The one thing I love about fishing is when you finally have all the ducks in the row from moon phase no wind and able to fish any chosen spot, and for some reason, it all turns to custard.
Having just come off the boat to write this report, I can honestly say despite all my ducks being in a row it was a very challenging day. To start with I did a drift on the open sand, straylining a pattern of three baits with no sinkers. With very few fish showing on the sounder I was stunned when the first bait got smashed quickly, followed by the next bait and finally hooked up solid on the third bait all at the same time.
As it often happens in winter you catch a couple of fish then it shuts down and this was the pattern all day. Once the tide had turned, I decided to lay up and target some low lying foul – I didn't even have hint of a bite, despite having some delicious-looking piper baits out. It just felt wrong, until a tiny few taps hit one of the lines. When I fish in these conditions, I often flick the bail arm back. This allows the fish to take the bait with little line resistance. After giving them a meter of line they generally stop and chew down on the bait and at this point you have nothing to lose so you strike hard. Three times this happened, all with hook ups, but unfortunately I lost all three on the way up.
After that defeat, I changed tact, moving to an area where the current would be stronger. My theory was that fish will be more aggressive on the bite. The exact same thing happened as at the last spot, except one of the three fish I hooked was a bloody monster. Had I not being focused, I would never believe that a few tiny taps and a slight line movement could be the way a fish of this size was feeding. Again, having landed just the one fish, it went dead and this happened on the next three spots I tried. It sounds a bit weird, but there are times when it can be too calm – chuck into the mix some thick fog and you can really struggle. It's days like this one that you have to go with your gut and pull every trick out of the bag.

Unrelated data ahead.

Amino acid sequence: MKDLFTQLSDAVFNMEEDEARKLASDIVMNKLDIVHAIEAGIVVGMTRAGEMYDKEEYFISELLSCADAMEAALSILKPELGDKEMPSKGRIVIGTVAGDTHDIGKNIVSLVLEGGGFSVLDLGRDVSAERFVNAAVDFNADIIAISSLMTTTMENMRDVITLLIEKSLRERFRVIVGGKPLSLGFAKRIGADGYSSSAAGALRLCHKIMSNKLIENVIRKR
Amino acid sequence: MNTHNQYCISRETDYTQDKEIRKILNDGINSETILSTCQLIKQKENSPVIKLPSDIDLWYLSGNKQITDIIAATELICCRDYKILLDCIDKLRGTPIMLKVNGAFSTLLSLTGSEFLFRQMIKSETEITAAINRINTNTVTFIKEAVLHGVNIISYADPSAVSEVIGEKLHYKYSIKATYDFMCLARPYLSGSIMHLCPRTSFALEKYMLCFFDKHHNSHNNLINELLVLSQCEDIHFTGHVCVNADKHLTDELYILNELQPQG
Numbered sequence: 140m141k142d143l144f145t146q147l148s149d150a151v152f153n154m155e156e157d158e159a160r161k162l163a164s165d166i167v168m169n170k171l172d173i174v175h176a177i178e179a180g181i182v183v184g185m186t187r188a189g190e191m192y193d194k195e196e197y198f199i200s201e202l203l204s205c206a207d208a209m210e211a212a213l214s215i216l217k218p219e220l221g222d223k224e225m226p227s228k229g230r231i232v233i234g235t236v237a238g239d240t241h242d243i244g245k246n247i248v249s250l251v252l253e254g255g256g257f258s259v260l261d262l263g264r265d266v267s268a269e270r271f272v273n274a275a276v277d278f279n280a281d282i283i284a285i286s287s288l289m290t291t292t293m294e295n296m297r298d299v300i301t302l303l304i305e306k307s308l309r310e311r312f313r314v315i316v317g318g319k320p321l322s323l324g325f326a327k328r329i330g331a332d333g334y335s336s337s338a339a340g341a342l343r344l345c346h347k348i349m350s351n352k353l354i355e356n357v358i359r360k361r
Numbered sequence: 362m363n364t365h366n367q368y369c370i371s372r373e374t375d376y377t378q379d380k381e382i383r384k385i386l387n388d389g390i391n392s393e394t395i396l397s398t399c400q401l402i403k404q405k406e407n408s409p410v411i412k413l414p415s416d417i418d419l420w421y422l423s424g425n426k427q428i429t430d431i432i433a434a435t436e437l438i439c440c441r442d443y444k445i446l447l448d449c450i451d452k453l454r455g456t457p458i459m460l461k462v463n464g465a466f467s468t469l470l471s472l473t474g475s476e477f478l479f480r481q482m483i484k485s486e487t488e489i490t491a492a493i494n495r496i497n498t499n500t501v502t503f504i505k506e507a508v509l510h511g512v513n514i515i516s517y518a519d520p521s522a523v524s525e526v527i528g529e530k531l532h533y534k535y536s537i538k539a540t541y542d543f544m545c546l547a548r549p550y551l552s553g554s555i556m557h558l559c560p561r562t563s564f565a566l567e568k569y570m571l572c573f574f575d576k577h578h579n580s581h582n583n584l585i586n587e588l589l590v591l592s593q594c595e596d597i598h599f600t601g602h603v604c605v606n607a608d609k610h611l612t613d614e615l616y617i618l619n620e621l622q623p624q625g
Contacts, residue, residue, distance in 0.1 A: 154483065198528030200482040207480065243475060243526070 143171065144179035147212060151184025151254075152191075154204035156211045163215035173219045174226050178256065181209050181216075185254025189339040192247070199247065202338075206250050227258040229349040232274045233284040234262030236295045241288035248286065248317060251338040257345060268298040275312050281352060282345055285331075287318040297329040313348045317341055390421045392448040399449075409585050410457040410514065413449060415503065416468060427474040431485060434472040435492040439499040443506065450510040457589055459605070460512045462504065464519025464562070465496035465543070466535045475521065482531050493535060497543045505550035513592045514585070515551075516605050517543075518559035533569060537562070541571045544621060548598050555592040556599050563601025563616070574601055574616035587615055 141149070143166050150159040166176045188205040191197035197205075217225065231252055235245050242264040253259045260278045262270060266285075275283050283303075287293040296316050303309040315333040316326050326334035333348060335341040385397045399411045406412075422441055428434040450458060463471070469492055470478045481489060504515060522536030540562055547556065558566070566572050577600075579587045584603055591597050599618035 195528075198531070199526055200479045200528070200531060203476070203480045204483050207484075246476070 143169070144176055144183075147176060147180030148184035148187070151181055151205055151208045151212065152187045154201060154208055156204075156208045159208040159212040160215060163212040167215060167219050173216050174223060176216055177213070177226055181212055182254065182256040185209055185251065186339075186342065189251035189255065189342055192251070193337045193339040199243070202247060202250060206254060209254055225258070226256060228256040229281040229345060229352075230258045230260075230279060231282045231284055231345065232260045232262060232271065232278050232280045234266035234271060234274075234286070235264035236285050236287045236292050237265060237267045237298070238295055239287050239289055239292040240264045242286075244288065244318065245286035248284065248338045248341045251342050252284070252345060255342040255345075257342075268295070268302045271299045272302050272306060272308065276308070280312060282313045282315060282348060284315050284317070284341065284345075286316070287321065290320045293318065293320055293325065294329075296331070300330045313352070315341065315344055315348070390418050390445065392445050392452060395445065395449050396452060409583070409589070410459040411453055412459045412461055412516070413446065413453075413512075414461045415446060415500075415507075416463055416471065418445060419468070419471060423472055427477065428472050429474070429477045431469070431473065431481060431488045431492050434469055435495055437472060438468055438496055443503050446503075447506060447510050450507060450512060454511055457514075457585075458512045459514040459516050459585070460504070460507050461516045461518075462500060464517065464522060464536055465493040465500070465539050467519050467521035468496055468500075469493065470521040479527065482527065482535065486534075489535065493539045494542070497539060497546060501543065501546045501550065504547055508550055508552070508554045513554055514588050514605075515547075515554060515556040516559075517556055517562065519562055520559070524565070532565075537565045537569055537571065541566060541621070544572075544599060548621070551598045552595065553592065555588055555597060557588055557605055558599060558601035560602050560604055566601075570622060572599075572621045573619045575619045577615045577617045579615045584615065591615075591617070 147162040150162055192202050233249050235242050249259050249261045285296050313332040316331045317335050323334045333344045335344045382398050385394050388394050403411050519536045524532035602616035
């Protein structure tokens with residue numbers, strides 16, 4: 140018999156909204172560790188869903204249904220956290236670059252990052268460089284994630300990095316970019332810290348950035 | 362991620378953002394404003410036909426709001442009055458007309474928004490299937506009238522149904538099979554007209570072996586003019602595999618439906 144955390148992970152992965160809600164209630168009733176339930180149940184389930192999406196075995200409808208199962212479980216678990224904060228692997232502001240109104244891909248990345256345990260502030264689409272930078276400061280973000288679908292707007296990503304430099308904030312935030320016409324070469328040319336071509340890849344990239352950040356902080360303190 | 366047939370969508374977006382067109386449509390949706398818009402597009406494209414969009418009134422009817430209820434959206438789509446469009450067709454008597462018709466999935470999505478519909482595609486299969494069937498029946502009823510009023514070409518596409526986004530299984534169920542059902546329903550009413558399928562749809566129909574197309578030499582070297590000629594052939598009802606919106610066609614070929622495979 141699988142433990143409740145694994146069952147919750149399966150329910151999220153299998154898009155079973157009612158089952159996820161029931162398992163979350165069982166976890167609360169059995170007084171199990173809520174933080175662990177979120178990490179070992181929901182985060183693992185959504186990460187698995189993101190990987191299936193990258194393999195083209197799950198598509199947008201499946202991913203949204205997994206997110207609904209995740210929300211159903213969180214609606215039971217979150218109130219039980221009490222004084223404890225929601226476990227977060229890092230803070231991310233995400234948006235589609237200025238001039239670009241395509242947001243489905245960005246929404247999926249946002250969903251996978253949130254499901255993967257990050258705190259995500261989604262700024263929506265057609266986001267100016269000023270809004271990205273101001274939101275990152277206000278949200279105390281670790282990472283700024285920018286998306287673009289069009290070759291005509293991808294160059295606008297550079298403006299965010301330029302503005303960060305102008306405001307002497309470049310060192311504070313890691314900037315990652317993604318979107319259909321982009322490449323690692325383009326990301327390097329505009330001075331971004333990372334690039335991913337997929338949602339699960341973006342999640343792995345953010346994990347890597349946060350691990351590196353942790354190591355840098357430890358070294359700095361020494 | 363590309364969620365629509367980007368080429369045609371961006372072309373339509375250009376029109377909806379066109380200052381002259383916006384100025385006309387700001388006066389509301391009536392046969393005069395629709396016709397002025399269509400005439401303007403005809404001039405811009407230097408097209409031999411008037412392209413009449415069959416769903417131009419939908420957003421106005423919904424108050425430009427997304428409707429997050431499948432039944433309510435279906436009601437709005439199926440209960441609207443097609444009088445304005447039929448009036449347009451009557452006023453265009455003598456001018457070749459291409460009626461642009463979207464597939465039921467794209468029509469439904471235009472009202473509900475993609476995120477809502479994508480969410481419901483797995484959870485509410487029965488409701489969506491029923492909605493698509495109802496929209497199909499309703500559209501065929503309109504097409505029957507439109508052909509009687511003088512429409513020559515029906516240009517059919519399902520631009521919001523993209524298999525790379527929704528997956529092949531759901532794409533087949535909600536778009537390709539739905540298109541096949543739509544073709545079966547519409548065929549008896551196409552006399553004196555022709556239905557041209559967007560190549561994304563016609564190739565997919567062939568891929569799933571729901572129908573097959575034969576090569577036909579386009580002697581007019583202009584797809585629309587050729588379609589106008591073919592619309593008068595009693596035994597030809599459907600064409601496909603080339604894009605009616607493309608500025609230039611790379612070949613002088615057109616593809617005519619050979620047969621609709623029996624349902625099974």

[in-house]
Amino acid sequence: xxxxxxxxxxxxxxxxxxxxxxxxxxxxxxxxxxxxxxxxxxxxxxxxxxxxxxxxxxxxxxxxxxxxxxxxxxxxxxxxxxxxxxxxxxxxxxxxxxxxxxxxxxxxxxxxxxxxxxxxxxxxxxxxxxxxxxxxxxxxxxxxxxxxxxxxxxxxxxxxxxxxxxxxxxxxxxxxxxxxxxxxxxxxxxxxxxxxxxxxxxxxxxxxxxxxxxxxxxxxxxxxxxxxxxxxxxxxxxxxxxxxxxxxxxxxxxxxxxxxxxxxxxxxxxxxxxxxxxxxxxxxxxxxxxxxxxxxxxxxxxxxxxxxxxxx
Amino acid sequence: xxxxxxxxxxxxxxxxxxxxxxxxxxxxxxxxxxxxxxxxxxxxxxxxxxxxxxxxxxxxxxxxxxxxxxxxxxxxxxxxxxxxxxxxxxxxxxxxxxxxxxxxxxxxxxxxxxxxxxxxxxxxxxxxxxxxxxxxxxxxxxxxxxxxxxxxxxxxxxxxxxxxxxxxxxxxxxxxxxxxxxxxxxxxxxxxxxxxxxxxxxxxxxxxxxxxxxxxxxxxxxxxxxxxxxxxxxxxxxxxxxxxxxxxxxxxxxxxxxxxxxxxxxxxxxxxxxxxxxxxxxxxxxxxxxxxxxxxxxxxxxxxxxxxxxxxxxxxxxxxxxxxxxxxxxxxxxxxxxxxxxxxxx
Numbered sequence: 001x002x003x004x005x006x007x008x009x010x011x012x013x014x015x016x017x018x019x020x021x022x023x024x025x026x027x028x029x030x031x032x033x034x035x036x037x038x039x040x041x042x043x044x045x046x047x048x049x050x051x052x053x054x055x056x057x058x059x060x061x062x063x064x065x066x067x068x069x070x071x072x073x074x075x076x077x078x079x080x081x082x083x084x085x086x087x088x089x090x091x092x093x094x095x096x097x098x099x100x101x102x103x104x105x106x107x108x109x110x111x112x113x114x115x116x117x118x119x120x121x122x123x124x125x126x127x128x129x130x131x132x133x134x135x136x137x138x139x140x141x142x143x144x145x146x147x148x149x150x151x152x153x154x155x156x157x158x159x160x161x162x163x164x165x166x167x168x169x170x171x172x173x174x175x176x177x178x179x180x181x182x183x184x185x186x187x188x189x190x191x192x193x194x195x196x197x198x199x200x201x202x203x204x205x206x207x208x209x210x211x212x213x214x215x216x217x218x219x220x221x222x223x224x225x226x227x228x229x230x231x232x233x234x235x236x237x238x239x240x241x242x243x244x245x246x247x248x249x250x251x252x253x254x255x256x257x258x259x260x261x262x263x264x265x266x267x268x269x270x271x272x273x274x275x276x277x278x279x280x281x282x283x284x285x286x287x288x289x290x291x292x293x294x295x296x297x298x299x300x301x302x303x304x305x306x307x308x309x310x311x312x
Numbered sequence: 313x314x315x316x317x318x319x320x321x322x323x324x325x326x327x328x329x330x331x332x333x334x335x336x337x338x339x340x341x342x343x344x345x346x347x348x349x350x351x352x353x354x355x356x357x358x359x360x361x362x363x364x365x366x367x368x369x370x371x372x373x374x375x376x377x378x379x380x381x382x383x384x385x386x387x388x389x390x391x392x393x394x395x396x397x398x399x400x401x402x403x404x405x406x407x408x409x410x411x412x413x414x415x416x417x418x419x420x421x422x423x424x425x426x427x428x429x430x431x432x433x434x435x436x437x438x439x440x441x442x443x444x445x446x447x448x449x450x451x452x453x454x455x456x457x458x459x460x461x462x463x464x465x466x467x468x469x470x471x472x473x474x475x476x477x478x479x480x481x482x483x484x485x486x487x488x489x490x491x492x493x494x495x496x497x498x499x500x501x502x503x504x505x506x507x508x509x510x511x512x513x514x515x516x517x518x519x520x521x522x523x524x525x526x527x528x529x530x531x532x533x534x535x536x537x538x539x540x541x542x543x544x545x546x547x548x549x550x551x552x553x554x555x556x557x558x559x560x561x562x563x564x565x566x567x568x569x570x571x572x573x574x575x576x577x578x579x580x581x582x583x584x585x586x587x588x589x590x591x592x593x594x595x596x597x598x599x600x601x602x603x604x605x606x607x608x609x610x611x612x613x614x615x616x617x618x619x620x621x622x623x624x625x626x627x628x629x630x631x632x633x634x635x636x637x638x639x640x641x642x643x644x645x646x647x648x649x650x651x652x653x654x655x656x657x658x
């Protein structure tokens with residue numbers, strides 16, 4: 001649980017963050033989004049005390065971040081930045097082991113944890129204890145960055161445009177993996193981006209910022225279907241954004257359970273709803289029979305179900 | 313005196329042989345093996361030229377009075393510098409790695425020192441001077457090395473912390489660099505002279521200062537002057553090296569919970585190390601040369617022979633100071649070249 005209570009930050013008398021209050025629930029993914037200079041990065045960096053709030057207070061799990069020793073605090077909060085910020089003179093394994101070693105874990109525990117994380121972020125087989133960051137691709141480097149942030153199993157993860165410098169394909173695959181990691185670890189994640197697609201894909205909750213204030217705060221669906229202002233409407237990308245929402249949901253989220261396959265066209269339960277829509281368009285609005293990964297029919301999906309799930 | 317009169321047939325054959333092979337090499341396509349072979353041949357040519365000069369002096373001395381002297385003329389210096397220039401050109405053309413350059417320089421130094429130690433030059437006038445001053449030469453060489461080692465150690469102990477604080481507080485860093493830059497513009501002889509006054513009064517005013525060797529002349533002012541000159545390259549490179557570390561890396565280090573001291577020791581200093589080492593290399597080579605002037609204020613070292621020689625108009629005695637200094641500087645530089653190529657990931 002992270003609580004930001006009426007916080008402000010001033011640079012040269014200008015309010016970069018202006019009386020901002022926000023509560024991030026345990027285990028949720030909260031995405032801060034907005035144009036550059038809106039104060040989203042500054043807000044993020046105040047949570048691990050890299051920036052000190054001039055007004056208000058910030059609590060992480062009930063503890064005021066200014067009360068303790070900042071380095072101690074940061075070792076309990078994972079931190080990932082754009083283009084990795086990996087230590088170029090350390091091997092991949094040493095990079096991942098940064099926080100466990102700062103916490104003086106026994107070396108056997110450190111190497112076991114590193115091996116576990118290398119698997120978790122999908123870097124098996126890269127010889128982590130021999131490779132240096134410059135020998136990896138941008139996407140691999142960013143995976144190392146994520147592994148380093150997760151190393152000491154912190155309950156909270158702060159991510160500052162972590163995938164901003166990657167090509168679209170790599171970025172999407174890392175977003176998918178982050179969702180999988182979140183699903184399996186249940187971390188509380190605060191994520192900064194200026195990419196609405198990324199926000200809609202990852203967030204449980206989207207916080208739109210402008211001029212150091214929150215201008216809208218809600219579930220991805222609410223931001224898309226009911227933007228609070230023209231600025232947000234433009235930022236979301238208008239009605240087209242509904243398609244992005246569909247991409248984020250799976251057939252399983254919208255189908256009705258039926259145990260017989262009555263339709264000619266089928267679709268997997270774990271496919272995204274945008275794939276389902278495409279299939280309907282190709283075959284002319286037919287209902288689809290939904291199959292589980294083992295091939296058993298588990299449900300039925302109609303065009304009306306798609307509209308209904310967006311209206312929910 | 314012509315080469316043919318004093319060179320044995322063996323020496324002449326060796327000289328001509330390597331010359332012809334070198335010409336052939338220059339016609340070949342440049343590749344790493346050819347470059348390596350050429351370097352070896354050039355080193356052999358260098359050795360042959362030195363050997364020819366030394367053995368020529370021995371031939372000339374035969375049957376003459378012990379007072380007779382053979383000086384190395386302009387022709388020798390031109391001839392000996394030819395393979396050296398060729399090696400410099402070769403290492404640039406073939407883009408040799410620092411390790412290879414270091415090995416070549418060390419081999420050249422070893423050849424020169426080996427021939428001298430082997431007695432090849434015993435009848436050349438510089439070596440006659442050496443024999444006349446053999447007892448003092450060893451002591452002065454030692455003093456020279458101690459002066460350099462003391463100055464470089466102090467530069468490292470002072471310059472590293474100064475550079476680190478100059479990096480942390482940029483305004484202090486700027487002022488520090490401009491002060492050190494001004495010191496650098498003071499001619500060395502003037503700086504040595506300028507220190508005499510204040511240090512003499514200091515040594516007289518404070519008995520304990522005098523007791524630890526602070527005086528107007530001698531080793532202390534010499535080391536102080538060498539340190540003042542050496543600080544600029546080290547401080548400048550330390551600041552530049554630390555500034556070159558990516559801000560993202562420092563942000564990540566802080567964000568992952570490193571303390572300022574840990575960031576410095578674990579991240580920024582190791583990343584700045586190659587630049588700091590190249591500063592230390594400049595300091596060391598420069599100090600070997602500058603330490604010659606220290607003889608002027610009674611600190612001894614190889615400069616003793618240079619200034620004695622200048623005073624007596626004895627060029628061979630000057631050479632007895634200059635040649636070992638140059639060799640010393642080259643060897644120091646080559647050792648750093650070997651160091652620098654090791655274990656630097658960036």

When I got home, cold beer in hand, I reflected on my day – my gut feeling put six snapper up to three-kilo into the bin, and I think that no matter where you fished, you'd have experienced the same.
A few mates that fished the Noises over the past week all reported good results, with snapper in the 3-4 kilo range. They said you had to get the wind and tide direction right and then just target the one spot using berley, ground bait, and patience – make a game plan and stick with and you get the results which is totally opposite today. You may have noticed the roes in our Hauraki Gulf fish are starting to fatten up and before long the snapper will start moving in from the deep to prepare for spawning. It is August/ early September when a heap of big male snapper will show up around the Ahaahas area for a short while before moving on and dispersing but where they go nobody knows.
The good thing is that it appears that everyone that makes the effort to get out this winter is being rewarded and it is only by spending time on the water that you will get the knowledge and experience to run with that gut feeling.
A couple of spots that have really produced some good fish (as you would expect at this time of the year) recently are in Area 3 Spot 13, and Area 5 Spots 10 and 13 – check them out in my book, Hauraki Gulf Hotspots, available at www.nzfishingnews.co.nz